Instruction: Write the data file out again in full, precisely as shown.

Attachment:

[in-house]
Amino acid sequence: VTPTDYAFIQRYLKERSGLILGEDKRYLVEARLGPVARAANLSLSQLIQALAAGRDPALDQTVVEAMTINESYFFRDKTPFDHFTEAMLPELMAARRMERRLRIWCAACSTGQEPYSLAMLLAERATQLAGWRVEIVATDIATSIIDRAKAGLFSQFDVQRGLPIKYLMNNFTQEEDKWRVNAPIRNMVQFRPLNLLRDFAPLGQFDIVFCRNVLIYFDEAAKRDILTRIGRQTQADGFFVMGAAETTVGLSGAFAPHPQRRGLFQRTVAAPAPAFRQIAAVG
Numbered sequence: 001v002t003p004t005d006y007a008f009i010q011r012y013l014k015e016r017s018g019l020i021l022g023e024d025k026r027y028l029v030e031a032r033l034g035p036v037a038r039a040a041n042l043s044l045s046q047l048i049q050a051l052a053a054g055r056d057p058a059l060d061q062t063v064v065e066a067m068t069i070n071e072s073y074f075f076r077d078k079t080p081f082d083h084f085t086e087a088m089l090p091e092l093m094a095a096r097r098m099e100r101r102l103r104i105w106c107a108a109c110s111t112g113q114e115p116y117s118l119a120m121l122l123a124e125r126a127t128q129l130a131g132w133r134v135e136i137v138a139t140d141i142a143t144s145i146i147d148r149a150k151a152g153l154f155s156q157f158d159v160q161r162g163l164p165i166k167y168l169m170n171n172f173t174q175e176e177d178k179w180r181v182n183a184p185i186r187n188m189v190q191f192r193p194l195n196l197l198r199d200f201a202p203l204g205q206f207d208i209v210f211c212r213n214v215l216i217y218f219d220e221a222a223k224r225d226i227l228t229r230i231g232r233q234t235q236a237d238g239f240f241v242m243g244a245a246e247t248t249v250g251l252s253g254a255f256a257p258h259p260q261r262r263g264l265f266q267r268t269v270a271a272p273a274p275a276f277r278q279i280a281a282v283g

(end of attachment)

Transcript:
[in-house]
Amino acid sequence: VTPTDYAFIQRYLKERSGLILGEDKRYLVEARLGPVARAANLSLSQLIQALAAGRDPALDQTVVEAMTINESYFFRDKTPFDHFTEAMLPELMAARRMERRLRIWCAACSTGQEPYSLAMLLAERATQLAGWRVEIVATDIATSIIDRAKAGLFSQFDVQRGLPIKYLMNNFTQEEDKWRVNAPIRNMVQFRPLNLLRDFAPLGQFDIVFCRNVLIYFDEAAKRDILTRIGRQTQADGFFVMGAAETTVGLSGAFAPHPQRRGLFQRTVAAPAPAFRQIAAVG
Numbered sequence: 001v002t003p004t005d006y007a008f009i010q011r012y013l014k015e016r017s018g019l020i021l022g023e024d025k026r027y028l029v030e031a032r033l034g035p036v037a038r039a040a041n042l043s044l045s046q047l048i049q050a051l052a053a054g055r056d057p058a059l060d061q062t063v064v065e066a067m068t069i070n071e072s073y074f075f076r077d078k079t080p081f082d083h084f085t086e087a088m089l090p091e092l093m094a095a096r097r098m099e100r101r102l103r104i105w106c107a108a109c110s111t112g113q114e115p116y117s118l119a120m121l122l123a124e125r126a127t128q129l130a131g132w133r134v135e136i137v138a139t140d141i142a143t144s145i146i147d148r149a150k151a152g153l154f155s156q157f158d159v160q161r162g163l164p165i166k167y168l169m170n171n172f173t174q175e176e177d178k179w180r181v182n183a184p185i186r187n188m189v190q191f192r193p194l195n196l197l198r199d200f201a202p203l204g205q206f207d208i209v210f211c212r213n214v215l216i217y218f219d220e221a222a223k224r225d226i227l228t229r230i231g232r233q234t235q236a237d238g239f240f241v242m243g244a245a246e247t248t249v250g251l252s253g254a255f256a257p258h259p260q261r262r263g264l265f266q267r268t269v270a271a272p273a274p275a276f277r278q279i280a281a282v283g